3 Slavic countries support Ukraine: Kyiv gets leadership from Moscow?


The prime ministers of Poland, the Czech Republic and Slovenia visited Kiev. Ukrainian President Vladimir Zelensky met with the prime ministers of those countries in Kiev.
Ahead of the meeting, Polish Prime Minister Mateusz Morawiecki shared on his Facebook account: “Today, on the 20th day of Russia’s aggression against Ukraine, Deputy Prime Minister Yaroslav Kaczynski, Czech Prime Minister Petr Fiala and Slovenian Prime Minister Janez Janzej went to Kiev to show our solidarity with Ukrainians.” – Moravetsky said.
It is clear that the person organizing such a visit is the Prime Minister of Poland Mateusz Morawiecki. Although Poland is a Slavic nation, it hates Russia at least as much as Ukraine. Aside from the historical aspect of the issue, from a political point of view, relations between Warsaw and Moscow have always been cold and cautious. It is no coincidence that Poland is one of the countries supporting Ukraine today. Official Warsaw allows aid from the West and the United States to flow freely through its territory to Ukraine. In addition, the Polish side provides arms and economic assistance to Ukraine.
The Czech Republic has similarly been cold to Russia. It can even be said that it is identical with Poland in this matter. The current Ukrainian-Russian war has worsened these relations. For example, Czech Prime Minister Petr Fiala has suspended the issuance of visas to Russian citizens due to the war. In addition, the official Prague allowed Czech citizens who want to fight against Russia in Ukraine. Czech Defense Minister Yana Chernokhova even said that about 400 volunteers had applied to fight in Ukraine.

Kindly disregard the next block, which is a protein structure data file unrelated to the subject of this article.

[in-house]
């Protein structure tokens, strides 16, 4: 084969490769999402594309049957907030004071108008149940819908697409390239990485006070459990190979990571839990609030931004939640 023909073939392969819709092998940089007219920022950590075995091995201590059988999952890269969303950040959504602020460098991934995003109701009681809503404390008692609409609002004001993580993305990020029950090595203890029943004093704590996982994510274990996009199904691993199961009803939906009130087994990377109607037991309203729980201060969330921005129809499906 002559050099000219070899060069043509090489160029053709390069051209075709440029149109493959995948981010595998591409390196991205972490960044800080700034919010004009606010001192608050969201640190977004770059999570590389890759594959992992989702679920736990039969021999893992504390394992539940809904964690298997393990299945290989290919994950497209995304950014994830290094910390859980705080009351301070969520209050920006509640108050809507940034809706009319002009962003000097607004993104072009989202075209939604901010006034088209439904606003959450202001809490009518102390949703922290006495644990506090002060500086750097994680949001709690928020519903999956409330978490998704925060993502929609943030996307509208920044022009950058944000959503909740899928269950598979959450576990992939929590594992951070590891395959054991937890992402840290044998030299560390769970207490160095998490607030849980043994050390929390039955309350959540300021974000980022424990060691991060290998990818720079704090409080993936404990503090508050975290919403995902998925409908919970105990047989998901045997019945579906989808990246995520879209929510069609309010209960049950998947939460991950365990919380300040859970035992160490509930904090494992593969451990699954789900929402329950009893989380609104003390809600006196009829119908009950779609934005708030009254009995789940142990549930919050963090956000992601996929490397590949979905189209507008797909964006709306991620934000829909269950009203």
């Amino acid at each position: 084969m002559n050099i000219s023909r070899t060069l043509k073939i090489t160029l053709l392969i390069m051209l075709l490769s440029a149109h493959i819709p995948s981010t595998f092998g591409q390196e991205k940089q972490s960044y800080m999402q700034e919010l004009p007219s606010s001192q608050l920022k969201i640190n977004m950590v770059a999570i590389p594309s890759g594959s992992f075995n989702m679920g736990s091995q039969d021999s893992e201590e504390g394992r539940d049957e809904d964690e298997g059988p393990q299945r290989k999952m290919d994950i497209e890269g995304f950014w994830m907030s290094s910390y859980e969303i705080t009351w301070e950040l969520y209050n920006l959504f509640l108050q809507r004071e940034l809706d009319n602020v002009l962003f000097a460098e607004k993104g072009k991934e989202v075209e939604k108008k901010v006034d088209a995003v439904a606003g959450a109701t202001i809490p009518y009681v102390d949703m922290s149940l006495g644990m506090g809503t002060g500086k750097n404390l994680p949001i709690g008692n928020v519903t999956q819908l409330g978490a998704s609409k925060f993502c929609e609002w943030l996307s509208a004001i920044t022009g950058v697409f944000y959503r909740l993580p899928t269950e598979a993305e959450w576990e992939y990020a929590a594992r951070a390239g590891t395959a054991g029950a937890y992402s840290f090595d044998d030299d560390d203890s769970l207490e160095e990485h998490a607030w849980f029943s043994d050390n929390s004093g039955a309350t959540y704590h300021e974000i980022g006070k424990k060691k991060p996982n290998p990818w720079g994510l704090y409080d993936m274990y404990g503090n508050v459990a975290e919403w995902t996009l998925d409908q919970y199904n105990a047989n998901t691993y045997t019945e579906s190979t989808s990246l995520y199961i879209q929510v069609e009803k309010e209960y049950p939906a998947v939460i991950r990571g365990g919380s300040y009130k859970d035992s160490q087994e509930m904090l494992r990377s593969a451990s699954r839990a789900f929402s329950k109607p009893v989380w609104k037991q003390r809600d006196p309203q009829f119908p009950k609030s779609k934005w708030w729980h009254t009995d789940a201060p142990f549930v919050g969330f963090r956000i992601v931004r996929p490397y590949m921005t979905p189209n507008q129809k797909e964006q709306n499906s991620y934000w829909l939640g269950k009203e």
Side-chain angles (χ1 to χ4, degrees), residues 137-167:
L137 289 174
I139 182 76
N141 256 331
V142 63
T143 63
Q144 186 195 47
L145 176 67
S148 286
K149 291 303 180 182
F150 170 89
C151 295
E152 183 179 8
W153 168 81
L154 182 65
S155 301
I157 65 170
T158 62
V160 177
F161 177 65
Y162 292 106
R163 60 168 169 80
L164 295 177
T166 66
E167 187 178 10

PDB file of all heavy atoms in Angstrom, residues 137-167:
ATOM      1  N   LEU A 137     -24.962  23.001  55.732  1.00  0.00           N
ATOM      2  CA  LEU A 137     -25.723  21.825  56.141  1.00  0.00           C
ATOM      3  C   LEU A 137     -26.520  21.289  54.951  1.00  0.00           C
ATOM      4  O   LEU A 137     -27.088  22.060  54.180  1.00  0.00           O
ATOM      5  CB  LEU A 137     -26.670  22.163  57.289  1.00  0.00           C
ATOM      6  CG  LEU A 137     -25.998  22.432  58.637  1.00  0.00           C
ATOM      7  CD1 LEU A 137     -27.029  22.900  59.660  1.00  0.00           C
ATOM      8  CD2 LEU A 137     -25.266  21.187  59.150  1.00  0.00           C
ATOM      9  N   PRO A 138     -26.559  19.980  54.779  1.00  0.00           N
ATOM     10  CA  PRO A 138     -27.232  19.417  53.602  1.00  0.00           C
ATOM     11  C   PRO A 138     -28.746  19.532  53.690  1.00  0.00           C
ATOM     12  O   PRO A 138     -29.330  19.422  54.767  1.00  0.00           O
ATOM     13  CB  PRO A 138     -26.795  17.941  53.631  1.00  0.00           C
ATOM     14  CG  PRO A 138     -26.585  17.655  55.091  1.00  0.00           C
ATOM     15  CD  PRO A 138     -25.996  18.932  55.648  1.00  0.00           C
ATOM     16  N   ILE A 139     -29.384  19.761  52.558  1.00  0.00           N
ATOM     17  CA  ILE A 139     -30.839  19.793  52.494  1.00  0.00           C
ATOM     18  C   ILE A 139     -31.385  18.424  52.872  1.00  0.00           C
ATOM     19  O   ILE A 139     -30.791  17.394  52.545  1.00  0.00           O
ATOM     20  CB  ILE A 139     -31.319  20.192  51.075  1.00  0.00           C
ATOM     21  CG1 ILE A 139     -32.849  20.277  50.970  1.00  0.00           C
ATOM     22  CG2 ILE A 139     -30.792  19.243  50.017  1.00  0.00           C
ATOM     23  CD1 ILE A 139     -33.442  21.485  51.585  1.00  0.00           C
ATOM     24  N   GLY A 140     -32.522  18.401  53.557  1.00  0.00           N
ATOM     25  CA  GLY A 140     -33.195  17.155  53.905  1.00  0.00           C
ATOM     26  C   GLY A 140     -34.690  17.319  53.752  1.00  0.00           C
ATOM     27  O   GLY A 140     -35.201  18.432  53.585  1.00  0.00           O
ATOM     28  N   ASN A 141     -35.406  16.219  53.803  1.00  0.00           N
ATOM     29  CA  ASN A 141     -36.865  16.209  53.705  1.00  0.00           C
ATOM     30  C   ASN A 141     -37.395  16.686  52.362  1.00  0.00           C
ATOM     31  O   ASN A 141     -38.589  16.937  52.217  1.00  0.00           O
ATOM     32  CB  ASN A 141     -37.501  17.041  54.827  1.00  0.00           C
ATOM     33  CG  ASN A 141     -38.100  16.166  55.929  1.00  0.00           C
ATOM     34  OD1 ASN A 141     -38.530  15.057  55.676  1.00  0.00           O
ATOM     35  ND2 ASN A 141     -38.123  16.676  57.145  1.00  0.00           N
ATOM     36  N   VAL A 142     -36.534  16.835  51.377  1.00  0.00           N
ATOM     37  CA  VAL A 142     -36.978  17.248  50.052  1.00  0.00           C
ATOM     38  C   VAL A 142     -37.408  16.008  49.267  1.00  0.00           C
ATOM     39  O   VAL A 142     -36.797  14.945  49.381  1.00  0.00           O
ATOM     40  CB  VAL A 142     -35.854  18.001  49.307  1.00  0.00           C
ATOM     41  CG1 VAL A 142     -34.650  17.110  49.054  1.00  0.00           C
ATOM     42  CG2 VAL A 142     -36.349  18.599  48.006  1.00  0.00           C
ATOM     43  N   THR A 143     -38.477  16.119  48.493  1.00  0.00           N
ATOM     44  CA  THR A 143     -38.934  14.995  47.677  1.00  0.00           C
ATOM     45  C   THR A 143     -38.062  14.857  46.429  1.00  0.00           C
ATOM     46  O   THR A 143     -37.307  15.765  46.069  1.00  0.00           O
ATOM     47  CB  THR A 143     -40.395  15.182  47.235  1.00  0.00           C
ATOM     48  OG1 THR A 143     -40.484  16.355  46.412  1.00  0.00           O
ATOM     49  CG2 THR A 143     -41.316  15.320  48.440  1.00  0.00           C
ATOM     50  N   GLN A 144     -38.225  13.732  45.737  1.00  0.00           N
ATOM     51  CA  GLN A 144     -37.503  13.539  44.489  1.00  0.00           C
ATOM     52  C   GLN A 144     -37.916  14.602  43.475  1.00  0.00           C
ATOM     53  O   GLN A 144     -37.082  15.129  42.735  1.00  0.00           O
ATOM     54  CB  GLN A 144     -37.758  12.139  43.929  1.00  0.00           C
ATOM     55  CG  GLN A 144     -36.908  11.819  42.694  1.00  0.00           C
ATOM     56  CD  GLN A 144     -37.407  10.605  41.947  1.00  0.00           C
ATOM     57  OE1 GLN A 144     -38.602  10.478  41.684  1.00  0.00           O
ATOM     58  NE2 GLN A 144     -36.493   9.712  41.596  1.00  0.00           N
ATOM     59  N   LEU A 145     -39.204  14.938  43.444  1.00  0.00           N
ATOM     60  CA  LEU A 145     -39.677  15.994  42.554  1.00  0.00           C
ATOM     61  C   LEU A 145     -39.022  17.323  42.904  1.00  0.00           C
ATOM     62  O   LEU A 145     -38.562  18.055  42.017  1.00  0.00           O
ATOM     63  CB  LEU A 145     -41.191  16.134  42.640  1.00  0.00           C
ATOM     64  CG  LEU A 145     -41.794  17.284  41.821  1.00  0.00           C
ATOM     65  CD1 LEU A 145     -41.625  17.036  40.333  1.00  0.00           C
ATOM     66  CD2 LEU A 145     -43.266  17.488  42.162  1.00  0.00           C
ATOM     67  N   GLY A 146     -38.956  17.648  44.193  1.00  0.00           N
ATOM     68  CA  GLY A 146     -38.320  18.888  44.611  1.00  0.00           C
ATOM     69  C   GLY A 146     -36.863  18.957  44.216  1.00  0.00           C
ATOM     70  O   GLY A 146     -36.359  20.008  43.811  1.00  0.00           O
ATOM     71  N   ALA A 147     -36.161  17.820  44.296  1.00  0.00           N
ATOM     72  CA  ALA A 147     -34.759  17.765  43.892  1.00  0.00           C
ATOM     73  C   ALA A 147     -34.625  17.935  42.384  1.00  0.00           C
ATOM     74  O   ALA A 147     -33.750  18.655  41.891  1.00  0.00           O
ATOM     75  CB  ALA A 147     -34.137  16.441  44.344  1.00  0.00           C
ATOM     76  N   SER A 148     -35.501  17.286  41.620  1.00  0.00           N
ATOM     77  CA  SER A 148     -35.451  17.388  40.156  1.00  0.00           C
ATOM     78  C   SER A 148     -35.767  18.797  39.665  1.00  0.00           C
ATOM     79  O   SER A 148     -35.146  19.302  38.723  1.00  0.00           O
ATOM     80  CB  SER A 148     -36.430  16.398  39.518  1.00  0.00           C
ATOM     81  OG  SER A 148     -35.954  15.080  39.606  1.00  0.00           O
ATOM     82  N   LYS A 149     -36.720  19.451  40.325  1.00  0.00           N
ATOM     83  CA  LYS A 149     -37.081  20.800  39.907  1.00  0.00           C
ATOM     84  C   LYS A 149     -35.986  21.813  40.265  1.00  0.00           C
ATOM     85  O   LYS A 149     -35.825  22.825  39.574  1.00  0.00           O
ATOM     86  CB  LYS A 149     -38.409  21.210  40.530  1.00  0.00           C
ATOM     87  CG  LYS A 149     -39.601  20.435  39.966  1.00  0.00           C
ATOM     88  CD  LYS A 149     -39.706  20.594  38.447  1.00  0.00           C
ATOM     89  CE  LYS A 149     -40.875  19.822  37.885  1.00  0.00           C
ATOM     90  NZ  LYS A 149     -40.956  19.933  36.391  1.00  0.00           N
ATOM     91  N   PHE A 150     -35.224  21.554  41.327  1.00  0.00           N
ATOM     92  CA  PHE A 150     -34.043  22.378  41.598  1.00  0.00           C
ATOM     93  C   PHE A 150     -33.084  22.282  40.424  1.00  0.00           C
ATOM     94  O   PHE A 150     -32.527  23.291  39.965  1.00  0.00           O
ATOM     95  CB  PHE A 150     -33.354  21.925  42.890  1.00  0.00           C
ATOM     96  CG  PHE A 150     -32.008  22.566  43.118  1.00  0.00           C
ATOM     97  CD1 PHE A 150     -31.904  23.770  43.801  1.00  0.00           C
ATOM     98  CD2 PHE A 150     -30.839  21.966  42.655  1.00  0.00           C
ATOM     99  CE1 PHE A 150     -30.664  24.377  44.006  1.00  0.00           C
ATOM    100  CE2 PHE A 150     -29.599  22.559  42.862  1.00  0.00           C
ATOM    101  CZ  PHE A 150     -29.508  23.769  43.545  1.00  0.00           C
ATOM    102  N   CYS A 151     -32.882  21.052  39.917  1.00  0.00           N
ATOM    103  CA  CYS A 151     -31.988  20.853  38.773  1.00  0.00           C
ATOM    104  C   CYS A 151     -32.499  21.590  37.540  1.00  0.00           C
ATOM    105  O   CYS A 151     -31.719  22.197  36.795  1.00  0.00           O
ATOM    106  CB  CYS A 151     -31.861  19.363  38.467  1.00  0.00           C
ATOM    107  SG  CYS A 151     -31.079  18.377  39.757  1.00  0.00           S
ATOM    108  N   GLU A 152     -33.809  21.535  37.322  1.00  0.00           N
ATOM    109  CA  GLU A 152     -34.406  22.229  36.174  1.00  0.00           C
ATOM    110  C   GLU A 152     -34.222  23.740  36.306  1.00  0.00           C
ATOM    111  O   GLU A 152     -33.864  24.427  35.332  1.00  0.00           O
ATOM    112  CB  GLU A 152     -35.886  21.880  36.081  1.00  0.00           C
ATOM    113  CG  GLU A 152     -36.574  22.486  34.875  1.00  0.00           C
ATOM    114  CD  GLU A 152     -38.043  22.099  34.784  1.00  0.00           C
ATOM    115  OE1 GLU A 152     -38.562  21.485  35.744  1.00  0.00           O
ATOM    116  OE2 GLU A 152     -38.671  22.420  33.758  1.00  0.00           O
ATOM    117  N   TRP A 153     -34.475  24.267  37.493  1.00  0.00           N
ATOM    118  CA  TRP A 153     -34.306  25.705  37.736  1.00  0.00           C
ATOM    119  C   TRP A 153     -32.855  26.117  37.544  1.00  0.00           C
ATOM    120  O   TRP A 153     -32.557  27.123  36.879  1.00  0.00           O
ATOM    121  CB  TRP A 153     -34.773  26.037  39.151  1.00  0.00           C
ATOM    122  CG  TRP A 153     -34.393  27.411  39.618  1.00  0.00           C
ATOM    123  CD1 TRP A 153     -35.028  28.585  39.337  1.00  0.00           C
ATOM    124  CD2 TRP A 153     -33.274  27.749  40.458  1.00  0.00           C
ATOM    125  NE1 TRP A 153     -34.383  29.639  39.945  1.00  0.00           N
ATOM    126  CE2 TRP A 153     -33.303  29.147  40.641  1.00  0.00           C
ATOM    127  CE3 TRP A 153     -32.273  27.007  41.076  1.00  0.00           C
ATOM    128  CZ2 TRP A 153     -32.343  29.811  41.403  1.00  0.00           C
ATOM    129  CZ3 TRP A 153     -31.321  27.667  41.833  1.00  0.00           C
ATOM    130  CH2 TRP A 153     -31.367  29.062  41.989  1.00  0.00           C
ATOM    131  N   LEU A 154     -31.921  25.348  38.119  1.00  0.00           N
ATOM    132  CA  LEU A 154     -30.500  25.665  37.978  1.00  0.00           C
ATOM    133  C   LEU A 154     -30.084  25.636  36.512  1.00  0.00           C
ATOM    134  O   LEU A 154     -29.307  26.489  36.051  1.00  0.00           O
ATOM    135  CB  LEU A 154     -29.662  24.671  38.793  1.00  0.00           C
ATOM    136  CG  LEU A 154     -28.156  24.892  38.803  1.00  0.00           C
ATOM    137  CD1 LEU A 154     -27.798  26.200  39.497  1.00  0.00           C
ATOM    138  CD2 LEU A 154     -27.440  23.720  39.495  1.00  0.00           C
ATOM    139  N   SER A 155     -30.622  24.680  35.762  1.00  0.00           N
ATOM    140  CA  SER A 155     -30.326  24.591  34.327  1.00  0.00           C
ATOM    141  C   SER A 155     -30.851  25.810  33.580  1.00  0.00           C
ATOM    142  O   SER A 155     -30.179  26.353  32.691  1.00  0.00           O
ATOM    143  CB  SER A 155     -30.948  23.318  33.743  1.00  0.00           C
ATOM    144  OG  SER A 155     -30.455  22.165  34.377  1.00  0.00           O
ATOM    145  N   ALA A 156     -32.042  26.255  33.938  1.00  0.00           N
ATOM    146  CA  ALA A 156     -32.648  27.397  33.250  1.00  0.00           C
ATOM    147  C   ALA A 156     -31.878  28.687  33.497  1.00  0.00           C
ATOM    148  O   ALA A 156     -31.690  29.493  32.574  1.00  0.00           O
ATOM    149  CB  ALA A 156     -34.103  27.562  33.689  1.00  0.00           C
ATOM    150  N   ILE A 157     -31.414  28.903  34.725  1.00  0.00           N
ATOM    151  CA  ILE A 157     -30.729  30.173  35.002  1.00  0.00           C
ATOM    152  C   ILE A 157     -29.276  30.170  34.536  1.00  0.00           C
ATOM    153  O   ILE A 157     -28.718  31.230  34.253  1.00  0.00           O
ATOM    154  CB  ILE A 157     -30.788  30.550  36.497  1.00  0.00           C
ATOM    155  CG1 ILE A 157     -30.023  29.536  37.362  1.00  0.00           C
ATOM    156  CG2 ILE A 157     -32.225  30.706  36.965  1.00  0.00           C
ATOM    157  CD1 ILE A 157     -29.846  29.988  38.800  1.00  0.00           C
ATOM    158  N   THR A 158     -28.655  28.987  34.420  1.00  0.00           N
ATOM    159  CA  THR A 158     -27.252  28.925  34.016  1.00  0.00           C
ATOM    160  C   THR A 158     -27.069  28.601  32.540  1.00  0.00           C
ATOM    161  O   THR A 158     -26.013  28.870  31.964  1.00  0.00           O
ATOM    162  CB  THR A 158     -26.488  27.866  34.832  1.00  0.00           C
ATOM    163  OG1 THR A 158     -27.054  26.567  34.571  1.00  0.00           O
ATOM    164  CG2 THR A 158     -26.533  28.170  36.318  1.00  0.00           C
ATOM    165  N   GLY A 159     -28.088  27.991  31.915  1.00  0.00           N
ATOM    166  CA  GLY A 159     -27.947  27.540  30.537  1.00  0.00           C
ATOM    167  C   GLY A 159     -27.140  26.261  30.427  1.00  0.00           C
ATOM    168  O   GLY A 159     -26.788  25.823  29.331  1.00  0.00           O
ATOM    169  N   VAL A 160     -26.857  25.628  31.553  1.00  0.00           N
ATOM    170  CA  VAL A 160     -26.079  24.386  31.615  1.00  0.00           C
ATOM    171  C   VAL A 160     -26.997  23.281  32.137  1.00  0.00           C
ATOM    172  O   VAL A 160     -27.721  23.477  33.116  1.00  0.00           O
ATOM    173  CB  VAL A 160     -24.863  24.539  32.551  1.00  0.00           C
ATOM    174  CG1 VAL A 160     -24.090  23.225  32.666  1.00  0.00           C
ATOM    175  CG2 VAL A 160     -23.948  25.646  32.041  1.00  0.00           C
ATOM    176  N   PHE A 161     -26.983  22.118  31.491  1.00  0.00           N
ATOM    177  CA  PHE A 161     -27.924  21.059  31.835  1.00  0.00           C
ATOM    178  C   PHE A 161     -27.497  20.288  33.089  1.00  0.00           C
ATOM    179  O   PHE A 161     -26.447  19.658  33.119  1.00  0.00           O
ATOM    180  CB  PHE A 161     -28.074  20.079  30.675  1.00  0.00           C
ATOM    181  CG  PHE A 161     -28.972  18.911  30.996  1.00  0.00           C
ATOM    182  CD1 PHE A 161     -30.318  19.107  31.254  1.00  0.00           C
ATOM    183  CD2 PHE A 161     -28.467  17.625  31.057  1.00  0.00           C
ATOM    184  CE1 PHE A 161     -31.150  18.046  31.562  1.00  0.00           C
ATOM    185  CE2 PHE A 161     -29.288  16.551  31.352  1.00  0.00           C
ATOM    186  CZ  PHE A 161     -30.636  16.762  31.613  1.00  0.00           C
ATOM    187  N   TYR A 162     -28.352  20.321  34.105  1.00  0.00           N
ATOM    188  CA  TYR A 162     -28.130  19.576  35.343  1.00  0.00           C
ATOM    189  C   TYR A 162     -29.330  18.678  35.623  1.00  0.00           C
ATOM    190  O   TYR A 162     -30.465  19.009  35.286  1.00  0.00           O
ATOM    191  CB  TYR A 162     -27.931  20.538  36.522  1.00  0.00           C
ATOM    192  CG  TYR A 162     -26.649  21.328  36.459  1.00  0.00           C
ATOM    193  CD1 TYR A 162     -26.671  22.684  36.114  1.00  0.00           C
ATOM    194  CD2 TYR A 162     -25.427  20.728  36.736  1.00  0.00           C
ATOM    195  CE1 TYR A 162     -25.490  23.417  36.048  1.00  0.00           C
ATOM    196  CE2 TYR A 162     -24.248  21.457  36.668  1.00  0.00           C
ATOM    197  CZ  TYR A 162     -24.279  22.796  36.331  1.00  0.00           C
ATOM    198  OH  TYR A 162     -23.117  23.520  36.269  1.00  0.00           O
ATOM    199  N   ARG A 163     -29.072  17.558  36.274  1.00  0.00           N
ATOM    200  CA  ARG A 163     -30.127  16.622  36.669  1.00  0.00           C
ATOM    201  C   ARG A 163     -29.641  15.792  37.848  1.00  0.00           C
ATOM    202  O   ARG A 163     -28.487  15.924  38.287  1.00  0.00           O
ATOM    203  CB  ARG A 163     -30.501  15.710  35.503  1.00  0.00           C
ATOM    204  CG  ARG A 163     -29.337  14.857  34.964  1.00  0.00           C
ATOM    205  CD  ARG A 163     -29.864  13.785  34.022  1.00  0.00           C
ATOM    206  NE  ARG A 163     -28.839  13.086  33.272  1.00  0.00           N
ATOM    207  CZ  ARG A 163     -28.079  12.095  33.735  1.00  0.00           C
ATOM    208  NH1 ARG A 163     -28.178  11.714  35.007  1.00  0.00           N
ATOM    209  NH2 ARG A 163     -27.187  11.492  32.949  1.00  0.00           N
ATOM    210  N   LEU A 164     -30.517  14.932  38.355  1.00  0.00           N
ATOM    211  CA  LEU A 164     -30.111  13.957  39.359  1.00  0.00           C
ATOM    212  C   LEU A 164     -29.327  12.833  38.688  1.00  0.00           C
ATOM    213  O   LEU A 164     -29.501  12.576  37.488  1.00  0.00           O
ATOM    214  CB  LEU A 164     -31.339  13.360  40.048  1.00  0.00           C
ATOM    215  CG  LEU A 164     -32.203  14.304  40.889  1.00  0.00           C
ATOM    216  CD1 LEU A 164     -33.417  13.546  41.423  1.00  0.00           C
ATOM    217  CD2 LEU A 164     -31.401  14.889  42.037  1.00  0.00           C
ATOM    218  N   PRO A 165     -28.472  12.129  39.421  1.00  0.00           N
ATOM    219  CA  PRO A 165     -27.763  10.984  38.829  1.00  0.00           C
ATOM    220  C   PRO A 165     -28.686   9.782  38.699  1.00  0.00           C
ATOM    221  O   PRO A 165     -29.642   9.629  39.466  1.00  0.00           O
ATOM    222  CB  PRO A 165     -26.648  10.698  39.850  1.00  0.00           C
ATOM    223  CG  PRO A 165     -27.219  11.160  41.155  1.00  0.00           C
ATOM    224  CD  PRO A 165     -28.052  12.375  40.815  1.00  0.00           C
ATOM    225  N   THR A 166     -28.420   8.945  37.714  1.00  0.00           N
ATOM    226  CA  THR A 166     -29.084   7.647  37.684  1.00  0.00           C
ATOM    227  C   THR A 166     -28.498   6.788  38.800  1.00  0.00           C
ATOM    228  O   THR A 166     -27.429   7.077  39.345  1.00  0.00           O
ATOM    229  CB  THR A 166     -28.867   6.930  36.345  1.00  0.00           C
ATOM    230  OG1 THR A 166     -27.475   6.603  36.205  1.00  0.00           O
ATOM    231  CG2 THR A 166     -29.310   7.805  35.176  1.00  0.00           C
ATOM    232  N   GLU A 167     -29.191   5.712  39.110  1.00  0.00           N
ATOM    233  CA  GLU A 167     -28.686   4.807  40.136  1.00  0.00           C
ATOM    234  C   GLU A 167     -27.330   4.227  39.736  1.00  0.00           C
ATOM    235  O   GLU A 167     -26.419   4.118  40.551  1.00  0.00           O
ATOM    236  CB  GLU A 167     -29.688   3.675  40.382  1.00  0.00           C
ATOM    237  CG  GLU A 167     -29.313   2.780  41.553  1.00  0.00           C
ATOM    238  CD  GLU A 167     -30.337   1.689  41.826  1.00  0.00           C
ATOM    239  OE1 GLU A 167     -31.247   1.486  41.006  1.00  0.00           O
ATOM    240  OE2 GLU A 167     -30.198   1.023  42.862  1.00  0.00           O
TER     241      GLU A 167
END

Slavs are polarized between Kyiv and Moscow
Interestingly, Poland, the Czech Republic, unlike Slovenia, Serbia, Croatia, Slovakia and Bulgaria do not support Ukraine. Rather, it does not help as directly as the countries named. Although there are differences in the approach of the countries to the current war, I think the main difference is that these countries see the Kremlin as the center of Pan-Slavic ideology, as well as the leader of the Slavic countries.Serbia and Bulgaria are historically and politically most loyal to the Kremlin. Today, the opposite behavior does not show. As for Croatia, President Zoran Milanovic made it clear before the war between Ukraine and Russia that his country would not take part in the war with NATO. In other words, even Croatia, which is considered the closest to the West, does not want to take part in the anti-Kremlin pole, just as it does not support Kiev in the Ukraine-Russia war.
As a result, we can say that as the Ukrainian-Russian war drags on, the Slavic states will also become polarized between Kyiv and Moscow. This polarization may become more pronounced after the war.
Turan Rzayev, a political analyst at the Center for International Relations and Diplomatic Studies